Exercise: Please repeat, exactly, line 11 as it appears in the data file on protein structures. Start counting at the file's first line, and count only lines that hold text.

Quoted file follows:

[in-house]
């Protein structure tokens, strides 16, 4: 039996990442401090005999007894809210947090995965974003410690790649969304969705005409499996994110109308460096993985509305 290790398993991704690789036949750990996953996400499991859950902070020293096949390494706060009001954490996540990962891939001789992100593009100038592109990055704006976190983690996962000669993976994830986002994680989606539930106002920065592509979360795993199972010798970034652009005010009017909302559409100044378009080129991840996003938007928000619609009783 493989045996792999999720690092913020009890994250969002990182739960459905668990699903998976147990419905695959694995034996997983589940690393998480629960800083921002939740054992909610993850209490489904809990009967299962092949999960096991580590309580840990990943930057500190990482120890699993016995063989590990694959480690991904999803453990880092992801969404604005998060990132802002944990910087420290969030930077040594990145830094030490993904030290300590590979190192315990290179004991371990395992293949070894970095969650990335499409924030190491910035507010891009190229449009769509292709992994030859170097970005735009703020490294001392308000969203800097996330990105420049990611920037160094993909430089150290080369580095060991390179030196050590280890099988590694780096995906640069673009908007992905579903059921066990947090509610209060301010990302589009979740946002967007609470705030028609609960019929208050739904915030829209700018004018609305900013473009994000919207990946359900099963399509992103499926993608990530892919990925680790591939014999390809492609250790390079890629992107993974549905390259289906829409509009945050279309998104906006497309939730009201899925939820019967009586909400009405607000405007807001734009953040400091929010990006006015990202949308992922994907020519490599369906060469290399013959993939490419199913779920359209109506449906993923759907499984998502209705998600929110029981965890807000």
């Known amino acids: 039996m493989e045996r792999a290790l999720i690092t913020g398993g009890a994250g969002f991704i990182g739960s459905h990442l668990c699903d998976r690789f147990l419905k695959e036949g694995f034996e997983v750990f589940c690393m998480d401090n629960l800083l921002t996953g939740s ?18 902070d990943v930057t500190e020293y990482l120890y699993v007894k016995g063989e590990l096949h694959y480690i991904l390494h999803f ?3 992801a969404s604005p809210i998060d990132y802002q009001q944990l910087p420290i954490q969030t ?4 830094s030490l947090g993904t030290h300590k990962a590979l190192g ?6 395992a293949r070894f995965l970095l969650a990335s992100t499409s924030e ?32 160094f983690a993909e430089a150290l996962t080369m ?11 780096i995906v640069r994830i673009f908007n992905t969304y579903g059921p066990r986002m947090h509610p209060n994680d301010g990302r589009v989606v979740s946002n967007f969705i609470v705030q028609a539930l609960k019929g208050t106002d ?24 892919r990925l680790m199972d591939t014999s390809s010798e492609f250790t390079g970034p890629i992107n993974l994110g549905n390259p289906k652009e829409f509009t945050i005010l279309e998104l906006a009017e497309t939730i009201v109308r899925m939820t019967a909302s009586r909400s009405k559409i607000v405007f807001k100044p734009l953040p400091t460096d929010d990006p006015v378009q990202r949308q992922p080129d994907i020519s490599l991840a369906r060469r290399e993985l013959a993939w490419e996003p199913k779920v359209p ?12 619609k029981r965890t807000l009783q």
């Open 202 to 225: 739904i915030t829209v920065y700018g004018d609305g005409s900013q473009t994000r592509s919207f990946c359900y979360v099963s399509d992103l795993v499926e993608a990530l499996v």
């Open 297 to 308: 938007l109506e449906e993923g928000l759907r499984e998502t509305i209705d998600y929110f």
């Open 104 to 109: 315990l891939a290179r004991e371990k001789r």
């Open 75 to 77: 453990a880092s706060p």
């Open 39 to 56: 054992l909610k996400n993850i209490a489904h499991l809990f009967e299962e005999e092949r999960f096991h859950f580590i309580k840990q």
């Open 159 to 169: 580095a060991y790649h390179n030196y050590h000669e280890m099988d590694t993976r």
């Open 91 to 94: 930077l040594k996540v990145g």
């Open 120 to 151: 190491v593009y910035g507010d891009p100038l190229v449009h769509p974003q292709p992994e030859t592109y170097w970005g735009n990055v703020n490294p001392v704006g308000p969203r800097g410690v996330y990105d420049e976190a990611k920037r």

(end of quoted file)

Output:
């Open 120 to 151: 190491v593009y910035g507010d891009p100038l190229v449009h769509p974003q292709p992994e030859t592109y170097w970005g735009n990055v703020n490294p001392v704006g308000p969203r800097g410690v996330y990105d420049e976190a990611k920037r």